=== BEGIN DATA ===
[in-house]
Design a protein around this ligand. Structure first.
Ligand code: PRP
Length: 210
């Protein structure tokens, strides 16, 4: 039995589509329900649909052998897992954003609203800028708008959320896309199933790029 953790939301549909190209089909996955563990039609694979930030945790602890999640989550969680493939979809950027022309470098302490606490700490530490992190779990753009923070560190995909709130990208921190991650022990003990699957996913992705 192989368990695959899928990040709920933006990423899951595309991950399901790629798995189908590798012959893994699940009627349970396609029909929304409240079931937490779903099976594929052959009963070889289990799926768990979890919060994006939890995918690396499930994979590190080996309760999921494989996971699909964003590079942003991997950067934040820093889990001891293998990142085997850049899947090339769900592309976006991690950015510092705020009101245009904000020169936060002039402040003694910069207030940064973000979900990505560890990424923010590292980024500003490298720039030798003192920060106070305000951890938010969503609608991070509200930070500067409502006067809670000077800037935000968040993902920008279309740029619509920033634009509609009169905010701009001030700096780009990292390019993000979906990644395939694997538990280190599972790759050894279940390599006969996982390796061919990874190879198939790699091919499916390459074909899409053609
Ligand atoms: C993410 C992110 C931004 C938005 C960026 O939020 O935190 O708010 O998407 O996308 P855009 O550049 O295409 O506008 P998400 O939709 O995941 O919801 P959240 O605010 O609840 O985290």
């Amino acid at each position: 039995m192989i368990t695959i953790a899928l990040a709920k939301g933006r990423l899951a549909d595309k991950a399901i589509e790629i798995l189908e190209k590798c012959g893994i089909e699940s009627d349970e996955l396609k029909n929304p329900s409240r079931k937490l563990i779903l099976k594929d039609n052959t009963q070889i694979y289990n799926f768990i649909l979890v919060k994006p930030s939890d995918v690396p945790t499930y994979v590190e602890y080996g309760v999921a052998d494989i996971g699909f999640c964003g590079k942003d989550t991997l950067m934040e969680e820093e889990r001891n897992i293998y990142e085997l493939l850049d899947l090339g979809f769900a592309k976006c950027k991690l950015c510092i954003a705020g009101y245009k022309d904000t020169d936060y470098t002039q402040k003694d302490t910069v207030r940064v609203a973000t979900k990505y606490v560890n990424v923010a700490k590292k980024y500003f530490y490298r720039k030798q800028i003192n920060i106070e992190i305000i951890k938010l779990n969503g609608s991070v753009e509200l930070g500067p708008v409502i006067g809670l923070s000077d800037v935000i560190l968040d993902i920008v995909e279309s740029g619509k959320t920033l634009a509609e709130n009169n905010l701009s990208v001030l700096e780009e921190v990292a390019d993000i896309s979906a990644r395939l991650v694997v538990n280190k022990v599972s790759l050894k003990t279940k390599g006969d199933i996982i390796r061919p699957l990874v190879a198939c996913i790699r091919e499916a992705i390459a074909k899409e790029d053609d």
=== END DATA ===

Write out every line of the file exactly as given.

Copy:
[in-house]
Design a protein around this ligand. Structure first.
Ligand code: PRP
Length: 210
């Protein structure tokens, strides 16, 4: 039995589509329900649909052998897992954003609203800028708008959320896309199933790029 953790939301549909190209089909996955563990039609694979930030945790602890999640989550969680493939979809950027022309470098302490606490700490530490992190779990753009923070560190995909709130990208921190991650022990003990699957996913992705 192989368990695959899928990040709920933006990423899951595309991950399901790629798995189908590798012959893994699940009627349970396609029909929304409240079931937490779903099976594929052959009963070889289990799926768990979890919060994006939890995918690396499930994979590190080996309760999921494989996971699909964003590079942003991997950067934040820093889990001891293998990142085997850049899947090339769900592309976006991690950015510092705020009101245009904000020169936060002039402040003694910069207030940064973000979900990505560890990424923010590292980024500003490298720039030798003192920060106070305000951890938010969503609608991070509200930070500067409502006067809670000077800037935000968040993902920008279309740029619509920033634009509609009169905010701009001030700096780009990292390019993000979906990644395939694997538990280190599972790759050894279940390599006969996982390796061919990874190879198939790699091919499916390459074909899409053609
Ligand atoms: C993410 C992110 C931004 C938005 C960026 O939020 O935190 O708010 O998407 O996308 P855009 O550049 O295409 O506008 P998400 O939709 O995941 O919801 P959240 O605010 O609840 O985290």
């Amino acid at each position: 039995m192989i368990t695959i953790a899928l990040a709920k939301g933006r990423l899951a549909d595309k991950a399901i589509e790629i798995l189908e190209k590798c012959g893994i089909e699940s009627d349970e996955l396609k029909n929304p329900s409240r079931k937490l563990i779903l099976k594929d039609n052959t009963q070889i694979y289990n799926f768990i649909l979890v919060k994006p930030s939890d995918v690396p945790t499930y994979v590190e602890y080996g309760v999921a052998d494989i996971g699909f999640c964003g590079k942003d989550t991997l950067m934040e969680e820093e889990r001891n897992i293998y990142e085997l493939l850049d899947l090339g979809f769900a592309k976006c950027k991690l950015c510092i954003a705020g009101y245009k022309d904000t020169d936060y470098t002039q402040k003694d302490t910069v207030r940064v609203a973000t979900k990505y606490v560890n990424v923010a700490k590292k980024y500003f530490y490298r720039k030798q800028i003192n920060i106070e992190i305000i951890k938010l779990n969503g609608s991070v753009e509200l930070g500067p708008v409502i006067g809670l923070s000077d800037v935000i560190l968040d993902i920008v995909e279309s740029g619509k959320t920033l634009a509609e709130n009169n905010l701009s990208v001030l700096e780009e921190v990292a390019d993000i896309s979906a990644r395939l991650v694997v538990n280190k022990v599972s790759l050894k003990t279940k390599g006969d199933i996982i390796r061919p699957l990874v190879a198939c996913i790699r091919e499916a992705i390459a074909k899409e790029d053609d």